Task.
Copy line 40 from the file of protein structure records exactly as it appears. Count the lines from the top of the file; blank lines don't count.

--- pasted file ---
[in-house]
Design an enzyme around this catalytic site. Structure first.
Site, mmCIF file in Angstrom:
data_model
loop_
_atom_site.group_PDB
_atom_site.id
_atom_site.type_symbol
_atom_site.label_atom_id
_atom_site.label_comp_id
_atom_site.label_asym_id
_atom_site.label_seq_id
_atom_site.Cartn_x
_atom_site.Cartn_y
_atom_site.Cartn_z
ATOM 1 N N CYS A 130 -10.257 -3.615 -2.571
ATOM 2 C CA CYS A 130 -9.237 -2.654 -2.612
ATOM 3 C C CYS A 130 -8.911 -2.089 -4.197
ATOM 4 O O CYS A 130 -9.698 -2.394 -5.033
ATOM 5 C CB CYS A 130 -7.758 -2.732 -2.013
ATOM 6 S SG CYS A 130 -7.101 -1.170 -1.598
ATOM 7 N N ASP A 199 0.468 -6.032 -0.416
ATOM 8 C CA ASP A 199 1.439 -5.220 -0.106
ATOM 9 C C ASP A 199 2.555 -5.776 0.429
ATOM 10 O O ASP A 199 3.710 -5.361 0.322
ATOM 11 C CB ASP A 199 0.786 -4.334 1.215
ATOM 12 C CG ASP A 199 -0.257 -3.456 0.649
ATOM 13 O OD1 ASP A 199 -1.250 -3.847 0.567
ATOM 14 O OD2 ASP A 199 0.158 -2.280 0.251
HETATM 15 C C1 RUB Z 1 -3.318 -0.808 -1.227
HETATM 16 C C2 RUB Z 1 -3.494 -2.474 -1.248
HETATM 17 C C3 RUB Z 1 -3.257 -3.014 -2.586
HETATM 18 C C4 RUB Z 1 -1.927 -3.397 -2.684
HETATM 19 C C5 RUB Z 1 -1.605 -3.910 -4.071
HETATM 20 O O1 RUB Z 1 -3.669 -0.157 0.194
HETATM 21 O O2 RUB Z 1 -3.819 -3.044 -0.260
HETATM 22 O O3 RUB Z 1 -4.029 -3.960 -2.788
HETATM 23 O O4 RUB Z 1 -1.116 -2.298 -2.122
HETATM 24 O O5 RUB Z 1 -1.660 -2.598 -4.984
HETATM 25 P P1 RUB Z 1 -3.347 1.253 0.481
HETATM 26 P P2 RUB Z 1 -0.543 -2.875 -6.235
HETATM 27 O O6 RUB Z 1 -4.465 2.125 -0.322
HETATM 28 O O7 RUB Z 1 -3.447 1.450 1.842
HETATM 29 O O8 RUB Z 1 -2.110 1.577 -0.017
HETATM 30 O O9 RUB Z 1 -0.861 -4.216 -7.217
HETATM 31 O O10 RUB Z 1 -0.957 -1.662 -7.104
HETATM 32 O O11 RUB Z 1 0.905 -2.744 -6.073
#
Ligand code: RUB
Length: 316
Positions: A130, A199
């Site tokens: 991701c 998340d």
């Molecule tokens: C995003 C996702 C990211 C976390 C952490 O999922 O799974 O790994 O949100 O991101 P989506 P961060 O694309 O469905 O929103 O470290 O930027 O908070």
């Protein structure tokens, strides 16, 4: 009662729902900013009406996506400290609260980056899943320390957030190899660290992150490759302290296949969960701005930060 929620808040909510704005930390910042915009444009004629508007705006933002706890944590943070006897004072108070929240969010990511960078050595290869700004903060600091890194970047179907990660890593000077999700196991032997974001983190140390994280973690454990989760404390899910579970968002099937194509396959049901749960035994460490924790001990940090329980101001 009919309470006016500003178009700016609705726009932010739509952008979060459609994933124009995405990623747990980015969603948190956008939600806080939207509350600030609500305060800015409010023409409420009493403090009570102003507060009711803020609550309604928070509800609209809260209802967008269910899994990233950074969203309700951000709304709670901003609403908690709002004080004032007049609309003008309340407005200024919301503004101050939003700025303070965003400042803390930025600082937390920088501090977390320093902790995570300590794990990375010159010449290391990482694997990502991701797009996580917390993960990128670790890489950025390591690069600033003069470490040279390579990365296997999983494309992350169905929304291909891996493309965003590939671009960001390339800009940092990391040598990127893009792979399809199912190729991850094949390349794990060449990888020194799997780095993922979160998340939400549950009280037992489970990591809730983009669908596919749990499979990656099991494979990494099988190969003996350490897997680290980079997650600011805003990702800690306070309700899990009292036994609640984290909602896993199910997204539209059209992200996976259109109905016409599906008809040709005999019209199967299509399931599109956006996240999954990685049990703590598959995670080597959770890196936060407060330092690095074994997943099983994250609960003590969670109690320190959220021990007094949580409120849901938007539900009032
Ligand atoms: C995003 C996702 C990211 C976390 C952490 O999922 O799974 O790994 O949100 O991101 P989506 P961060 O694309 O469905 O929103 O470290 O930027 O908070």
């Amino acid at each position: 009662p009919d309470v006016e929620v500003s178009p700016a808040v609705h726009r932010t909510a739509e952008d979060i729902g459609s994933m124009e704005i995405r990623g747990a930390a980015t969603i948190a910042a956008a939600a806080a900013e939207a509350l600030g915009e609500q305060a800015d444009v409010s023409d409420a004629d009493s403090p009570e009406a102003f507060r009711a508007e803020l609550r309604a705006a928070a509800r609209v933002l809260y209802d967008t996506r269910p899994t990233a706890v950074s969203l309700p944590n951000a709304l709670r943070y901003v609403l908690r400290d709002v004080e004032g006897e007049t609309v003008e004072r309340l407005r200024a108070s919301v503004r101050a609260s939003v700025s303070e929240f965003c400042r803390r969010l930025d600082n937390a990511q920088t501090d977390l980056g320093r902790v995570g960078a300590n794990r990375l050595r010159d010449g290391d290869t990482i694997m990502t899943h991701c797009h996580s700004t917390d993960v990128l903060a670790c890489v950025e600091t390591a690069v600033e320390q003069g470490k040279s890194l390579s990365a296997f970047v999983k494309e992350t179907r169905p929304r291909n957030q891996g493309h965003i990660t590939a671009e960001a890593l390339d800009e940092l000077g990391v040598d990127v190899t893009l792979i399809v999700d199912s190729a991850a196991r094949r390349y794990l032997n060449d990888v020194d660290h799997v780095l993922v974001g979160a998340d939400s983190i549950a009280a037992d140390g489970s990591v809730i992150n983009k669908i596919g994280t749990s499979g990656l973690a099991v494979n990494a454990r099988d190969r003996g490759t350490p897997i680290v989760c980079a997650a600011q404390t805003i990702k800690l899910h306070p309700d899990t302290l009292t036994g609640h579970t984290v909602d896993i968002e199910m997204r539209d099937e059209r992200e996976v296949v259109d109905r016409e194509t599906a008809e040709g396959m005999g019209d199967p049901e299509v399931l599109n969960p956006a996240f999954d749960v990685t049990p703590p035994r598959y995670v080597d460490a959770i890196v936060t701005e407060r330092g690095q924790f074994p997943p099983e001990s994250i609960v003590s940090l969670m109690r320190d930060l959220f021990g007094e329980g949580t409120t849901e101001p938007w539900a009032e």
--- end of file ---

HETATM 25 P P1 RUB Z 1 -3.347 1.253 0.481